The minke whales are the second smallest baleen whale (Misticeti= whales having baleen plates for filtering food, instead of teeth for chewing) in the world. Only the pigmy right whale (found in the lower reaches of the Southern hemisphere) is smaller.
Common minke whales are distinguished from other whales by a white band on each flipper. Adults grow to 7-8m of length, and their body is usually black or dark-grey above, and white underneath.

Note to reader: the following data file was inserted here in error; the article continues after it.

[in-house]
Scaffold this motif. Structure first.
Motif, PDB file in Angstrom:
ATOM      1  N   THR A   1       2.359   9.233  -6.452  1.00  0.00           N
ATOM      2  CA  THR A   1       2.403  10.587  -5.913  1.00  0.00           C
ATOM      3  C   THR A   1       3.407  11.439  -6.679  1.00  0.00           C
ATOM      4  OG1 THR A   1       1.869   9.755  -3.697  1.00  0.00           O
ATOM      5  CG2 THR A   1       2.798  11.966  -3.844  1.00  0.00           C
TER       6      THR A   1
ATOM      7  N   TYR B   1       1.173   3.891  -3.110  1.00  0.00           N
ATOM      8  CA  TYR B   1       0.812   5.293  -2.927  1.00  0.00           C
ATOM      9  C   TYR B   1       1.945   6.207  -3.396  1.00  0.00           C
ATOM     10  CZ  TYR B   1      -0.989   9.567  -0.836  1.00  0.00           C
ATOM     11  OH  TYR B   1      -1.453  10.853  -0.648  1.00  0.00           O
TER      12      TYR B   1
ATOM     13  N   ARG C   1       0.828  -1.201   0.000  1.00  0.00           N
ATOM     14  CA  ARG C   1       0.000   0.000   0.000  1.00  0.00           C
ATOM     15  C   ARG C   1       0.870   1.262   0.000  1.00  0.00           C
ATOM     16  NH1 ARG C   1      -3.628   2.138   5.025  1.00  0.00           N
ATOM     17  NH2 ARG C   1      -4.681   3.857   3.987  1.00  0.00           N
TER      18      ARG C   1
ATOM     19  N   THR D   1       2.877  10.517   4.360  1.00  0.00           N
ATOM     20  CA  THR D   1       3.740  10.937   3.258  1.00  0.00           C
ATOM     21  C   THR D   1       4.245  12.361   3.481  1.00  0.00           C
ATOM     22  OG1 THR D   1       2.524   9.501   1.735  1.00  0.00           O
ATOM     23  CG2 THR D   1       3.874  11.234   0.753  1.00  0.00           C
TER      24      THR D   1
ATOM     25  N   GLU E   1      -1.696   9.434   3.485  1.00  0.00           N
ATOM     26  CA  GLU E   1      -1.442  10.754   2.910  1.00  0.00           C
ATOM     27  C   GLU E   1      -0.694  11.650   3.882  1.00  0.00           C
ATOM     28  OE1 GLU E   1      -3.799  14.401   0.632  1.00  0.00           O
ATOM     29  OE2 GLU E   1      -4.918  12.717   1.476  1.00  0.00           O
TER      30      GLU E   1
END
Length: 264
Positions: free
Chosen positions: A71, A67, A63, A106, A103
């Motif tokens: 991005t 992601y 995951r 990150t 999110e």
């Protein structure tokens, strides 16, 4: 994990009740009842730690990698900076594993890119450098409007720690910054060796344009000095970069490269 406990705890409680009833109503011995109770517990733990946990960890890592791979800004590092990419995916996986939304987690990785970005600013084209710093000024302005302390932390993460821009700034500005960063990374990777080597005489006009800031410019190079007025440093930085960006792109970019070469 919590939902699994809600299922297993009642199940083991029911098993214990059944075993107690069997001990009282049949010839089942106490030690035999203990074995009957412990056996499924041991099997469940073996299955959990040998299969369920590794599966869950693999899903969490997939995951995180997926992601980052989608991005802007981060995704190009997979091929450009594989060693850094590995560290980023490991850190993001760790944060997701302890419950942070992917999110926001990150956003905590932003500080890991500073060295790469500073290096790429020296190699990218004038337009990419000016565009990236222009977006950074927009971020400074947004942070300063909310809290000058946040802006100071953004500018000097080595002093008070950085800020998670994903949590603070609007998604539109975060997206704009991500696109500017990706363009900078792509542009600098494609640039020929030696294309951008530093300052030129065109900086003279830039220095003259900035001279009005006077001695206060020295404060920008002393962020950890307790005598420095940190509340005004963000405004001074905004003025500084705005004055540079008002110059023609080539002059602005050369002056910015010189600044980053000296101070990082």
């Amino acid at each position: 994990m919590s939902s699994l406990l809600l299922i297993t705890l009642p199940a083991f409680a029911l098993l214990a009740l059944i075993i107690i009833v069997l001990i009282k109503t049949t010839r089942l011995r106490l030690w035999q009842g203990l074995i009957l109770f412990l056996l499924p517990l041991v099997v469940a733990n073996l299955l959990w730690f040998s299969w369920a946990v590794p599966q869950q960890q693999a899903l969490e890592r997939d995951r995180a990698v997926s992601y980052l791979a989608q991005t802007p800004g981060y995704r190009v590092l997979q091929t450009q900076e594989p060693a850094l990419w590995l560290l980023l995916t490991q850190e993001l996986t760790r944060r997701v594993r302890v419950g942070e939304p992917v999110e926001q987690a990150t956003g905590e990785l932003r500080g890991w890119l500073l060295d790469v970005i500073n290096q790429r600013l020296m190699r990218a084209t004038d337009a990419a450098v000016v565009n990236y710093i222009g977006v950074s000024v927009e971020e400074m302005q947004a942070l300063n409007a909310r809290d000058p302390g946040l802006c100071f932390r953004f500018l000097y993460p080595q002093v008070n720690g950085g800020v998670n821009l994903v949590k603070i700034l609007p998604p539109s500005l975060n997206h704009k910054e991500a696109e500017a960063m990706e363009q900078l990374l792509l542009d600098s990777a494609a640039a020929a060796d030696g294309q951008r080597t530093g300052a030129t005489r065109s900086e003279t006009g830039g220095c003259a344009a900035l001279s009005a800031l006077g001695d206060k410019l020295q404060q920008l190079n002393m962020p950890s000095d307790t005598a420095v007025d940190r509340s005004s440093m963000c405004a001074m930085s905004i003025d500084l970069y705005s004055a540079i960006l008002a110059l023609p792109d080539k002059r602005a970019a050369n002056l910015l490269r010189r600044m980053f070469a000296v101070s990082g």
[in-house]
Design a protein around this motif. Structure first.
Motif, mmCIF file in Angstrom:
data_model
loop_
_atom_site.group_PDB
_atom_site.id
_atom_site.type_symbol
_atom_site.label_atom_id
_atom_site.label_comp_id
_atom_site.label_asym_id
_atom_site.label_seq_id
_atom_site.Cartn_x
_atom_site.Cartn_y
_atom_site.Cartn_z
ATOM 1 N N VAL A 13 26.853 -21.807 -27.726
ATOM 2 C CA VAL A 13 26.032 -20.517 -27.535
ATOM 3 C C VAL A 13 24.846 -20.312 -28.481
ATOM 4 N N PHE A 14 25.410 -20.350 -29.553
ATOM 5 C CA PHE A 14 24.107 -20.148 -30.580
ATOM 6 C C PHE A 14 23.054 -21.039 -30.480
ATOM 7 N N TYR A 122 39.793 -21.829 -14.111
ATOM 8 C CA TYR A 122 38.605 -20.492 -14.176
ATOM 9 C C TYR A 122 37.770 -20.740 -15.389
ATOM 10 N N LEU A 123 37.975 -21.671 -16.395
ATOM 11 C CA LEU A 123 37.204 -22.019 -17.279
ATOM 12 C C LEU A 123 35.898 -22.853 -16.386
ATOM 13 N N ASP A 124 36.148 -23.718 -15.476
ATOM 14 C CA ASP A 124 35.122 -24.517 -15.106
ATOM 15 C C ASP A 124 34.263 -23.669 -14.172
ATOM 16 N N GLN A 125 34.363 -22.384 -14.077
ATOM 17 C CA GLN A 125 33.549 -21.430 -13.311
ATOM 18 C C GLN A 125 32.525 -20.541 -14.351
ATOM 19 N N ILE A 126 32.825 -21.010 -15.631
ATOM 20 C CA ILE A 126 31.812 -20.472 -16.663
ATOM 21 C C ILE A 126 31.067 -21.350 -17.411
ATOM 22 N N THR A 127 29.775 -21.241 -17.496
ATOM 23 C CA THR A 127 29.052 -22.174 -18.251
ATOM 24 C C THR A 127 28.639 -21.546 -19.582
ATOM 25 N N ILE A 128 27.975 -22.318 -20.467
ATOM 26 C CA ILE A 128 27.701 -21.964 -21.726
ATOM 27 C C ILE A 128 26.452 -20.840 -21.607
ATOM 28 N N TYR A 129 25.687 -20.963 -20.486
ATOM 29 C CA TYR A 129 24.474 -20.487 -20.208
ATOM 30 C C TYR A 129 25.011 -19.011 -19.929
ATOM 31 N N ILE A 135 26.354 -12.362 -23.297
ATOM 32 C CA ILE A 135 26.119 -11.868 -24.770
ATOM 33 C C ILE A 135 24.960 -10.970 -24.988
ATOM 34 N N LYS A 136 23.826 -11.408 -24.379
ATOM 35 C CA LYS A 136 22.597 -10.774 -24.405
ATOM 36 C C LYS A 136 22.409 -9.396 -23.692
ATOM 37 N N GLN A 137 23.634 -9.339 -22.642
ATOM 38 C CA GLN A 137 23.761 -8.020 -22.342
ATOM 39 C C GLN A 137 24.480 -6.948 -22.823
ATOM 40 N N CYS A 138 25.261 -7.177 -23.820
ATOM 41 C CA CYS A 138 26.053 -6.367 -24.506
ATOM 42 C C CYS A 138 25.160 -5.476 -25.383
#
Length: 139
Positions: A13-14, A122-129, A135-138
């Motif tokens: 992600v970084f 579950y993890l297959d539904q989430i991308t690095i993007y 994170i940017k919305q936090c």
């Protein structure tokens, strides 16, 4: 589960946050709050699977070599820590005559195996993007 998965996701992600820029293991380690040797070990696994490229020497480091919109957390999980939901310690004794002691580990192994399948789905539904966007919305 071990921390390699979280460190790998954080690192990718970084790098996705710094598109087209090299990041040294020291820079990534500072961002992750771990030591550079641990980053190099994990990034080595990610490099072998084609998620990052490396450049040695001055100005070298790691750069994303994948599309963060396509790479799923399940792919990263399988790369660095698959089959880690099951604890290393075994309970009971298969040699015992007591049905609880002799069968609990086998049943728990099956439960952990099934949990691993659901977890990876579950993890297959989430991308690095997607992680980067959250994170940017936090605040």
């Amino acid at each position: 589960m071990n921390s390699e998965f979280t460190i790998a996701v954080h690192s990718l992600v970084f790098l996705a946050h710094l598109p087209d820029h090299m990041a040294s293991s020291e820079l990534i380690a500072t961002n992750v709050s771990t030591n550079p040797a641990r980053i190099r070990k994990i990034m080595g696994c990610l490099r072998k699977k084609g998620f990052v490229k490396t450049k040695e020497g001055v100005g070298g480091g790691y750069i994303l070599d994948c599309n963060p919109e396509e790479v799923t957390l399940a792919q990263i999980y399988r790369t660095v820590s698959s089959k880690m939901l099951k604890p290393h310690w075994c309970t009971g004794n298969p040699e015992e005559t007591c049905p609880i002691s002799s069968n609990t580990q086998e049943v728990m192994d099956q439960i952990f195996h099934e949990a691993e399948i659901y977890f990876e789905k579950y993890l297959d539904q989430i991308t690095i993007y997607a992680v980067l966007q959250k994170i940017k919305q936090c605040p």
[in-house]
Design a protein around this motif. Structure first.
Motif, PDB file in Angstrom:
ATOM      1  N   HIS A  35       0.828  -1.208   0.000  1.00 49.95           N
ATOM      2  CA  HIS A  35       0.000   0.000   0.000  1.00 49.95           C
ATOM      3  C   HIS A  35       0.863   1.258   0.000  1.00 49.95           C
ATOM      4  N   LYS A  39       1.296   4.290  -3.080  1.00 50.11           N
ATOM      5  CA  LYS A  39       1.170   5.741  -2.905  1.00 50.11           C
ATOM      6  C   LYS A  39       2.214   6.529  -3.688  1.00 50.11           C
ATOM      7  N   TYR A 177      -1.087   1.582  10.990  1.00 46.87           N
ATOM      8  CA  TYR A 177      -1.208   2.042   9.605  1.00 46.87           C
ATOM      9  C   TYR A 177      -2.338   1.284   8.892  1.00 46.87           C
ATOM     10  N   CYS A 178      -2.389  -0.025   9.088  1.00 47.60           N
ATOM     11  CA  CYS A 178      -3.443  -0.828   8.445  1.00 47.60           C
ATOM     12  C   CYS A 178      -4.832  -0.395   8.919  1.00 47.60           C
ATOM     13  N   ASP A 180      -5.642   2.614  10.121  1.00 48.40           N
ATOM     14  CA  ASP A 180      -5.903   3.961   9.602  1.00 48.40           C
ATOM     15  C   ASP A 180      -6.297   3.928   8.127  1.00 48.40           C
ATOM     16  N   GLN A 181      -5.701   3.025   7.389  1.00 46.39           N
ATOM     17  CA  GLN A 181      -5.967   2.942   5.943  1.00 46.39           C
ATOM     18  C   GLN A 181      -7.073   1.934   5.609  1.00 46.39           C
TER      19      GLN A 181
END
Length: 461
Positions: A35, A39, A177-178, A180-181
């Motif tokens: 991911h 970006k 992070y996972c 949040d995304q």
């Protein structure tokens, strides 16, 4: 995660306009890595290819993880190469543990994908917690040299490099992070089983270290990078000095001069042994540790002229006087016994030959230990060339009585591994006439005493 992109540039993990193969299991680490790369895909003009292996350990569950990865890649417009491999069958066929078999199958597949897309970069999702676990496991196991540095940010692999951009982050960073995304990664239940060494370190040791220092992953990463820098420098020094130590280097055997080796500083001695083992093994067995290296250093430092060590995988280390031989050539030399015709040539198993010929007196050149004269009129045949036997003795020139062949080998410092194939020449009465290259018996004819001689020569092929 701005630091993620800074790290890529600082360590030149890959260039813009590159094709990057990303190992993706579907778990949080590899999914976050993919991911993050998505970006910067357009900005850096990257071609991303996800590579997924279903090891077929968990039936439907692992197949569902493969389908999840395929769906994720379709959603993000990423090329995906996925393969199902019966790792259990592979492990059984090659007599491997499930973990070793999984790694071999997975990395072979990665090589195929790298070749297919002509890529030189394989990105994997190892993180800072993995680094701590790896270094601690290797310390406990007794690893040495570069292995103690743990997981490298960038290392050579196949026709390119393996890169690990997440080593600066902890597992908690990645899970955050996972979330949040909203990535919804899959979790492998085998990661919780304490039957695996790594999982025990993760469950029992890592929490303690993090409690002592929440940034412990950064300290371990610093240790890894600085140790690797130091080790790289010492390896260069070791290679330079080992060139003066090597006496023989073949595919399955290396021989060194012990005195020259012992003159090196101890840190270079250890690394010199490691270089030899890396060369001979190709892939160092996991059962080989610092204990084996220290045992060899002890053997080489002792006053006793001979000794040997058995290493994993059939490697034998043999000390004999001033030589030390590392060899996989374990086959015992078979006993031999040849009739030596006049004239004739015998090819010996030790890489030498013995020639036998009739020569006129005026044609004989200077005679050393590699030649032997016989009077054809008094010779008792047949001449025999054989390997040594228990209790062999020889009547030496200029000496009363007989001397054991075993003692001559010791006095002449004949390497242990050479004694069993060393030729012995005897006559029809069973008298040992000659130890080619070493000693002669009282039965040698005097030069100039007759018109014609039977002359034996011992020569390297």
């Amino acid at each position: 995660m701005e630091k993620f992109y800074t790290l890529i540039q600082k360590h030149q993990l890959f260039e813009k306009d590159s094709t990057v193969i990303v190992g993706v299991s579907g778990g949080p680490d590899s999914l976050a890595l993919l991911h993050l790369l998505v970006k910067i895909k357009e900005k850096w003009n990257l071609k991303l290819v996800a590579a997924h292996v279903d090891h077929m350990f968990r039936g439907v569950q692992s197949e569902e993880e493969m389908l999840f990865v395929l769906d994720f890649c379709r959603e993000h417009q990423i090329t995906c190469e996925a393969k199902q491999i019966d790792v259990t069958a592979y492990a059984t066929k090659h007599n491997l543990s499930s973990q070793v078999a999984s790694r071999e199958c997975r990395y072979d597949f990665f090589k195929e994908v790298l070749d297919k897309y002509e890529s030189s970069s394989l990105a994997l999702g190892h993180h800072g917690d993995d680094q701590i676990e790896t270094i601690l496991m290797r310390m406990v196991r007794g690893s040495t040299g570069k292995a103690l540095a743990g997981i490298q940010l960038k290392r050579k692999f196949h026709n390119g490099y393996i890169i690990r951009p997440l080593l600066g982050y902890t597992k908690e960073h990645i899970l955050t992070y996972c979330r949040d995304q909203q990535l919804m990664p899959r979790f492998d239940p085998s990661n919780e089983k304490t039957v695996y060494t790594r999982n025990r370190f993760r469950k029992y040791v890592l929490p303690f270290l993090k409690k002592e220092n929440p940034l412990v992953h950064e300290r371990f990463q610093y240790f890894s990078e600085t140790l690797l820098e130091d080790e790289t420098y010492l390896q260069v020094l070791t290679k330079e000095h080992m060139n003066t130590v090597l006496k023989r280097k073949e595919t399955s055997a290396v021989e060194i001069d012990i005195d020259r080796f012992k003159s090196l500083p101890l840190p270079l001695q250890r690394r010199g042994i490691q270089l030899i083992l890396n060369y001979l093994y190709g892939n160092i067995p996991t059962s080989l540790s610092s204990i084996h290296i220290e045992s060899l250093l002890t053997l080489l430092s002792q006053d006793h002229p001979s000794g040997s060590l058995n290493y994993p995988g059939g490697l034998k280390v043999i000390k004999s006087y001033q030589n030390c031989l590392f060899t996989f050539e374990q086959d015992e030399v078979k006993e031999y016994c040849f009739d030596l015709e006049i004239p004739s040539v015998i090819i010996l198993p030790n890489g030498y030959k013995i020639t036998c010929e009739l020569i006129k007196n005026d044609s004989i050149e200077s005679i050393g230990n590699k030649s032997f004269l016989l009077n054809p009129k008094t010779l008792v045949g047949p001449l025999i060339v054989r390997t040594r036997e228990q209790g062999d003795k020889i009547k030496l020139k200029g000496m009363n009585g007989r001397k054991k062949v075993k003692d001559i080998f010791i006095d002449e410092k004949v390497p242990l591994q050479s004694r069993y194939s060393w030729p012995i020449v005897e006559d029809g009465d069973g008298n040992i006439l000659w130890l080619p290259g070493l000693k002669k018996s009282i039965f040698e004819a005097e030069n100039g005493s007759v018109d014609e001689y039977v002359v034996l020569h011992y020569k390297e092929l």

They are common in British and Irish waters, and can be found both in coastal and offshore waters, making it easy to see them from whale-watching vessels. These whales breathe three to five times at short intervals before "deep-diving" for two to 20 minutes. Deep dives are preceded by a pronounced arching of the back. Most of the length of the back, including dorsal fin and blowholes, appears at once when the whale surfaces to breathe. Around the coasts of Donegal County they are most common in the months of May and June, while in Cork and Kerry Counties they can be seen from March to November. In Argyll & Bute (Scotland) minke whales can be sighted between May and October.